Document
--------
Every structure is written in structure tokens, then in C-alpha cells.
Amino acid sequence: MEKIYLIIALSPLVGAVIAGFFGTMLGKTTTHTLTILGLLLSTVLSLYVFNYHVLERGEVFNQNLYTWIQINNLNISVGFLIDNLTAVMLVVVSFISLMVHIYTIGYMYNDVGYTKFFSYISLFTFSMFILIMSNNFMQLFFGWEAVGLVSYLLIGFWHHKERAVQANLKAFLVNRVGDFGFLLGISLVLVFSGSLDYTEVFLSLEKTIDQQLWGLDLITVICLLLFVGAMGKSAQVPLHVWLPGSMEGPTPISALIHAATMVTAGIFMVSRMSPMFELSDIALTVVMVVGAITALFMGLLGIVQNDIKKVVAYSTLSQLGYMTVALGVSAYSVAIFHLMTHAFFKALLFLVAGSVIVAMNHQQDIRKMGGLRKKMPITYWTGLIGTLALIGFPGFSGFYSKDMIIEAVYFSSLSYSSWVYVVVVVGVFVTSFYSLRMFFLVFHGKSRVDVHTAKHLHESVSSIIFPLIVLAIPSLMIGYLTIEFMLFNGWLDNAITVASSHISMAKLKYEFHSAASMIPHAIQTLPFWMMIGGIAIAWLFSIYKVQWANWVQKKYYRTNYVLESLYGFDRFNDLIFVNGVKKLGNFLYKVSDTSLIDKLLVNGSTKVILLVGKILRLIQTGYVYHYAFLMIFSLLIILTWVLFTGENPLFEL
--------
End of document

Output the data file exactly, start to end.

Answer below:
Every structure is written in structure tokens, then in C-alpha cells.
Amino acid sequence: MEKIYLIIALSPLVGAVIAGFFGTMLGKTTTHTLTILGLLLSTVLSLYVFNYHVLERGEVFNQNLYTWIQINNLNISVGFLIDNLTAVMLVVVSFISLMVHIYTIGYMYNDVGYTKFFSYISLFTFSMFILIMSNNFMQLFFGWEAVGLVSYLLIGFWHHKERAVQANLKAFLVNRVGDFGFLLGISLVLVFSGSLDYTEVFLSLEKTIDQQLWGLDLITVICLLLFVGAMGKSAQVPLHVWLPGSMEGPTPISALIHAATMVTAGIFMVSRMSPMFELSDIALTVVMVVGAITALFMGLLGIVQNDIKKVVAYSTLSQLGYMTVALGVSAYSVAIFHLMTHAFFKALLFLVAGSVIVAMNHQQDIRKMGGLRKKMPITYWTGLIGTLALIGFPGFSGFYSKDMIIEAVYFSSLSYSSWVYVVVVVGVFVTSFYSLRMFFLVFHGKSRVDVHTAKHLHESVSSIIFPLIVLAIPSLMIGYLTIEFMLFNGWLDNAITVASSHISMAKLKYEFHSAASMIPHAIQTLPFWMMIGGIAIAWLFSIYKVQWANWVQKKYYRTNYVLESLYGFDRFNDLIFVNGVKKLGNFLYKVSDTSLIDKLLVNGSTKVILLVGKILRLIQTGYVYHYAFLMIFSLLIILTWVLFTGENPLFEL